Amongst the repertoire are three songs rightly "owned" by Frank Sinatra – 'The Way You Look Tonight,' 'Come Fly With Me' and 'Luck Be A Lady' and Mr Davis and producer Charles treat them with the right amount of respect while arranger Faber, though not aping the charts of Riddle and Jenkins, has clearly studied those maestros in considerable detail. Only on a version of the Platters' 'Only You' can you expect something a little different to the original. Here the doo-wop ballad is given a classic swing treatment perfectly suited to Steven Davis's rich, expressive voice. The genre clearly suits where the singer is now at. Indeed to be where he is now is a remarkable story. Steven Davis began his music career in gospel. Then a few short years ago, he almost lost his ability to sing altogether. Making his comeback, he suffered a severe vocal bleed with the possibility that he might never sing professionally again. After nearly a year-long period of intense steroid therapy and weeks of forced silence, he was given a clean bill of health and on the evidence of this collection he's now set to join the ranks of the great swing "names".

(BB) 4/5

Last Updated on Friday, 13 January 2017 19:17

 

TOWER OF POWER: 'Ain't Nothin' Stoppin' Us Now' (Dutton/Vocalion)

Thursday, 12 January 2017 15:21 Charles Waring E-mailPrintPDF

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Oakland's Tower of Power, with their famed horn section, are something of a soul music institution. Though they're still going strong today, forty-seven years after their formation, this Vocalion reissue (which is a high-res Super Audio edition of the album remastered from a rare quadraphonic mix, though it's compatible with standard CD players) takes us back to the band's halcyon days in the '70s.

Released in 1976, 'Ain't Nothin' Stoppin' Us Now' was the group's eighth LP overall and their debut for Columbia. It followed in the wake of an extremely fertile stint at Warner Bros, the commercial high point of which was the 1973 crossover hit, 'So Very Hard To Go.' But by '76, the band had already chewed up and spat out four lead vocalists (Rufus Miller, Rick Stevens, Lenny Williams, and Hubert Tubbs) and now had Edward McGhee installed as lead singer (though he only stayed with the band for this album and was superseded by Michael Jeffries).

Though it doesn't quite hit the creative heights of the aggregation's best Warner Bros albums (namely 'Back To Oakland' and 'Urban Renewal') it's a solid, decent long player that is characterised by soulful ballads and funkafied uptempo numbers that feature Tower of Power's trademark punchy horn interjections and slick ensemble interplay. The most ear-catching cuts are the effervescent 'You Ought To Be Havin' Fun' - a minor Stateside R&B hit - the chugging 'Can't Stand To See The Slaughter' (which is reminiscent of the band's classic Warner's side, 'What Is Hip'), and the mellow, mid-tempo, 'It's So Nice.' Despite the bravado inherent in 'Ain't Nothin' Stoppin' Us Now's'  title, ironically, the band's move to Columbia witnessed the start of a commercial decline rather than a resurgence, though this album was the best of the three they released on the label.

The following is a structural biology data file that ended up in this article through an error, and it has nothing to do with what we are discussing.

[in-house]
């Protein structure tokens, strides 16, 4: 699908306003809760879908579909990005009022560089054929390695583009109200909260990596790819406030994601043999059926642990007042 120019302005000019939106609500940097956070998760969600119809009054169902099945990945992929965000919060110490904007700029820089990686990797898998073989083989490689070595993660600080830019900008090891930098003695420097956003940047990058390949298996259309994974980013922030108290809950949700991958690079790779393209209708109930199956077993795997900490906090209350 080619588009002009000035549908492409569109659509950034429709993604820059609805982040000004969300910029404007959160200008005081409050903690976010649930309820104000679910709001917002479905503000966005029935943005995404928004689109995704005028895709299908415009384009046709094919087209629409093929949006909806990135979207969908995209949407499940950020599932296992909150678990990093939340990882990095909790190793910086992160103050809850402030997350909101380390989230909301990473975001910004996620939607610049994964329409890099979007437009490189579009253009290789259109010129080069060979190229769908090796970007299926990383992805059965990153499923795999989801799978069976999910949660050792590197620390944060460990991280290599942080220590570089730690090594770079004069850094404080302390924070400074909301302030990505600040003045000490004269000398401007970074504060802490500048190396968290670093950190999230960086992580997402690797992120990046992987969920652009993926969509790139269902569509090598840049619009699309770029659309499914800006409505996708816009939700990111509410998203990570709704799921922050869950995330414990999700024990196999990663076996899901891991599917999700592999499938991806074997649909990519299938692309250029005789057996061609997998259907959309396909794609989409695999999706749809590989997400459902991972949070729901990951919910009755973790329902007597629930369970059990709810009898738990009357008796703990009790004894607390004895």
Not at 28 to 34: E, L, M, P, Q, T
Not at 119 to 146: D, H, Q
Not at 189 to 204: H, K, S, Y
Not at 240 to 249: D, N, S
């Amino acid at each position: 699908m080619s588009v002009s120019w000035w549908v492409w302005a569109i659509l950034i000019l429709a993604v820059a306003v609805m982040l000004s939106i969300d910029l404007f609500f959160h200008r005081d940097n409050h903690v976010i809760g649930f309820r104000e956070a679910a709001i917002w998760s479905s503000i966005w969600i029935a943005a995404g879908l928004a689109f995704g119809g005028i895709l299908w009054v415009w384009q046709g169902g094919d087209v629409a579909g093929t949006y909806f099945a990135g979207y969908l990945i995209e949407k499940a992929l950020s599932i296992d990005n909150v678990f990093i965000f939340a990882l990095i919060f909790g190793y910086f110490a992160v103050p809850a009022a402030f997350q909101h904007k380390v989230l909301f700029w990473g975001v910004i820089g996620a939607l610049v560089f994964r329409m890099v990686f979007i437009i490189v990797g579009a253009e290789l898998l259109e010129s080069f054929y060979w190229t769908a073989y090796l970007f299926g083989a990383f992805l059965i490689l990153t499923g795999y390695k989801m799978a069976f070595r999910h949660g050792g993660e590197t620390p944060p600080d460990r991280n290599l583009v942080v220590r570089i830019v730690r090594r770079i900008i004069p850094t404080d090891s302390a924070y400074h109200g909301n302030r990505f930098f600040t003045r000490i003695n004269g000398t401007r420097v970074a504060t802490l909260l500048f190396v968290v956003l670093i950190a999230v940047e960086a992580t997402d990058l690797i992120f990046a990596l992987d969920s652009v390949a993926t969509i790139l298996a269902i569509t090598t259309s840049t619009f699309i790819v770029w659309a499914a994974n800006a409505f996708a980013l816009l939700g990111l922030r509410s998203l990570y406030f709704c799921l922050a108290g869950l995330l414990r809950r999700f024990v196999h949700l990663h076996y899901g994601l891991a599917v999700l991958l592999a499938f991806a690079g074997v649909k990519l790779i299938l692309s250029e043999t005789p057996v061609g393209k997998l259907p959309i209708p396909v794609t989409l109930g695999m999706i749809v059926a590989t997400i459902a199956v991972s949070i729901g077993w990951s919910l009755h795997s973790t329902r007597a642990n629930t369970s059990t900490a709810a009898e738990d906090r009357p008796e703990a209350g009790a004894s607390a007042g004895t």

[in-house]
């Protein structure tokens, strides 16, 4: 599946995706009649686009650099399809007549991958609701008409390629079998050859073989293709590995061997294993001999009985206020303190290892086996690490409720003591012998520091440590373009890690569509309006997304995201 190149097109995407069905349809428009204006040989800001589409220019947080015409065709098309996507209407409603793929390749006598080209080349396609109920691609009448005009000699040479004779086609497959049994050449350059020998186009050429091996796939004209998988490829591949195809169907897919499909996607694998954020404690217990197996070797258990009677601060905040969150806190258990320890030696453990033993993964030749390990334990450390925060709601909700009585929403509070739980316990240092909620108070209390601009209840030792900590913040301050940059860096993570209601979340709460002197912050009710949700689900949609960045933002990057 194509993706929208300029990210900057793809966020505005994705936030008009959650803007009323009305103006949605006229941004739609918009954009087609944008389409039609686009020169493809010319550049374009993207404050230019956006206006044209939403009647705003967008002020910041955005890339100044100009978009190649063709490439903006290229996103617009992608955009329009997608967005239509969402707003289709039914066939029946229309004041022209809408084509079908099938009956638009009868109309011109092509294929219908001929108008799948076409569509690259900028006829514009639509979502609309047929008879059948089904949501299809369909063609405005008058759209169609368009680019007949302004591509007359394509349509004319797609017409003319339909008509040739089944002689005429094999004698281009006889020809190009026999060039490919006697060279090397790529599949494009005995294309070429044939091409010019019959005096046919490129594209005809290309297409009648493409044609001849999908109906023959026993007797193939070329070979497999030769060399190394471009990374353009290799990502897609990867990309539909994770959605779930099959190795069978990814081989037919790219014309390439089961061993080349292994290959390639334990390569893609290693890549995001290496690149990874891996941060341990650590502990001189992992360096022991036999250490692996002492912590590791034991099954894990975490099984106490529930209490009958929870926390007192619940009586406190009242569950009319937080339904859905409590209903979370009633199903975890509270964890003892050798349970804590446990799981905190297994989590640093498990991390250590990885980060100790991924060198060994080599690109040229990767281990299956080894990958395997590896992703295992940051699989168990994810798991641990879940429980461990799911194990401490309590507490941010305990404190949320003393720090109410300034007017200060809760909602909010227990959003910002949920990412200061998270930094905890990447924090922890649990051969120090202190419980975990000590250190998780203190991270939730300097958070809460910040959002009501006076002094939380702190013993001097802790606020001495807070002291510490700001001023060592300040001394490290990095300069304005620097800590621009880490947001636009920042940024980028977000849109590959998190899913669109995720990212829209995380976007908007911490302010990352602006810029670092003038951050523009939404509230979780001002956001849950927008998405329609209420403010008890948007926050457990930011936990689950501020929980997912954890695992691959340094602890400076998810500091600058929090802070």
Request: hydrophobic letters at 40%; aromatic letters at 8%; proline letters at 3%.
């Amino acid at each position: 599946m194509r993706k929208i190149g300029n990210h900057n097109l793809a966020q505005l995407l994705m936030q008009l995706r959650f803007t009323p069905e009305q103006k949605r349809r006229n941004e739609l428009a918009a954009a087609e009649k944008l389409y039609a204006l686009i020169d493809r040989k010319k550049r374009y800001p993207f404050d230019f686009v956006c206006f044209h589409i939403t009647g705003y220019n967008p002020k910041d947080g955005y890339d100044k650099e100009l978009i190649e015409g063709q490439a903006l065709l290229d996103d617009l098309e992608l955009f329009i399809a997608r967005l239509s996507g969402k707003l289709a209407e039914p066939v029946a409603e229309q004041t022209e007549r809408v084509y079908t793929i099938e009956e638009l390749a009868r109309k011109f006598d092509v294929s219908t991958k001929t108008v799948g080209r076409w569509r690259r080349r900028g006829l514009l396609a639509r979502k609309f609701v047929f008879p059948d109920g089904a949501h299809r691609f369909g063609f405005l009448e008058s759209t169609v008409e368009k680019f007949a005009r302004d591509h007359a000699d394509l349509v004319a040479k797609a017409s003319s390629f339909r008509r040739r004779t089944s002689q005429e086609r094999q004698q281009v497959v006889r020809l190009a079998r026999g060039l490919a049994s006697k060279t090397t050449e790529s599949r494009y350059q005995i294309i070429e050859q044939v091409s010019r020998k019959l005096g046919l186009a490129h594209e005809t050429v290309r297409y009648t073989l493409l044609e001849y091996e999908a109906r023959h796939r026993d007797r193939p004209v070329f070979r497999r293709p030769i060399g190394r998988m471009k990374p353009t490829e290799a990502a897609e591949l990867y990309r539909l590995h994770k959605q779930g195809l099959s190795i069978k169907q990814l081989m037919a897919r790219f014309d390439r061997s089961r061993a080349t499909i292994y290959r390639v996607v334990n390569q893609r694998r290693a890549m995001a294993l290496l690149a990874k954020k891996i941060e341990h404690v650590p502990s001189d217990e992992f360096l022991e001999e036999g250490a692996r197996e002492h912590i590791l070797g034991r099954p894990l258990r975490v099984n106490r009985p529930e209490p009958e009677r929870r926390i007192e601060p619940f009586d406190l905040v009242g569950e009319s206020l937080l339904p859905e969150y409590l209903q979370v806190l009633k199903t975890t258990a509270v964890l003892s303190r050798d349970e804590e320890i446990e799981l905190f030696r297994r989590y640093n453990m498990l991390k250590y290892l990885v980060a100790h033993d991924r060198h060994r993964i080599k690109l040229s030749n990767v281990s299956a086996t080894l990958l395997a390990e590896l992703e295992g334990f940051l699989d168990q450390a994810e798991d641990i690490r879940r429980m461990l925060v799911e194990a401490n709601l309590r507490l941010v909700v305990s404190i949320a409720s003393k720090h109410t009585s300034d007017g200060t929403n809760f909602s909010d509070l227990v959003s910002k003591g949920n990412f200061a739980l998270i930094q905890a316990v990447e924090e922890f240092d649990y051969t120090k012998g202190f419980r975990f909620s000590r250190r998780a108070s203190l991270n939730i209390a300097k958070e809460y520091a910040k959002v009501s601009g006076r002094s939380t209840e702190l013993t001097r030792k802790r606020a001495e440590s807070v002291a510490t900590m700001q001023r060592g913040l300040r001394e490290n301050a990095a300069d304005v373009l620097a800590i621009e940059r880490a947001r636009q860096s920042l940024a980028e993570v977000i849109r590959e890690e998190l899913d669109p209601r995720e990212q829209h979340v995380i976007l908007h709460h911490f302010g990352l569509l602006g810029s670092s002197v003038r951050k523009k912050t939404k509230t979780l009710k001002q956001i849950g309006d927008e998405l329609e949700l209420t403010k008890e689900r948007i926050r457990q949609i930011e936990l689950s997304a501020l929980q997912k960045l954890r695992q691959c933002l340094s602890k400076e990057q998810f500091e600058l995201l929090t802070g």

(CW) 3/5

 

VIVIAN REED: 'Yours Until Tomorrow - The Epic Years' (SoulMusic Records)

Thursday, 05 January 2017 18:43 Charles Waring E-mailPrintPDF

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Pittsburgh singer, Vivian Reed, is a familiar name, perhaps, to avid music theatre goers in the USA, where her stage performances on Broadway (in acclaimed shows like Bubbling Brown Sugar) have received Tony nominations and garnered her a clutch of awards over the years. Less well-known is Ms Reed's career as a recording artist, which began in the late-1960s at Epic Records, when she was signed by the legendary A&R man, John Hammond, among whose 'discoveries' were Billie Holiday, Bob Dylan and Aretha Franklin. Long forgotten - except by the most devoted of her fans - and out of print, Vivian Reed's eponymous LP for Epic is now reissued in full for the first time alongside a clutch of non-album 45s and their B-sides in this new 20-track Soul Music Records compilation. 

Reared on a strict diet of classical music, which led her to study at New York's prestigious Juilliard School of Music, Reed, who gave her first concert when she was 13, had to be schooled on how to sing in R&B and pop styles and certainly, listening to some of the tracks on this collection, she doesn't come across as a natural soul singer. Though note-wise she's pitch-perfect, her performances exhibit a sense of emotional control and restraint that you wouldn't get with someone like Aretha Franklin. But that's not a bad thing and certainly helps to distinguish Reed's distinctive style, which is reminiscent, perhaps - certainly in terms of its rich, expressive, contralto tone -  of Dee Dee Warwick (Interestingly, this compilation's title song, 'Yours Until Tomorrow,' was first recorded by Warwick, though Reed's version charted at #44 in the US R&B charts and proved to be her biggest hit).

The stylistically-varied material that graced Reed's Epic album - ranging from a cover of the Righteous Brothers' 'You've Lost That Lovin' Feeling' to Leonard Bernstein's dramatic West Side Story showstopper, 'Somewhere' - revealed the singer to be a versatile performer who was comfortable in a range of settings. Some of the non-album singles for Epic from the early '70s highlight facets of Reed's musical personality that the earlier album didn't explore - such as the blues-drenched and dramatic 'Unbelievable' and two eminently soulful sides - 'Lean On Me' and 'Missing You' - the latter both written and produced by Van McCoy and Joe Cobb (Aretha Franklin later cut 'Lean On Me' as B-side and then Melba Moore scored a hit with it). Reed moved into singer-songwriter pop/rock territory with her final Epic 45, a soulful, energetic retooling of Carole King's 'I Feel The Earth Move,' produced by Richard Perry, who would go on to helm hits for the Pointer Sisters. It caps off a fine collection that illuminates the largely forgotten and overlooked years of a singer whose underappreciated recordings deserve wider exposure.

(CW) 3/5

Last Updated on Friday, 06 January 2017 15:22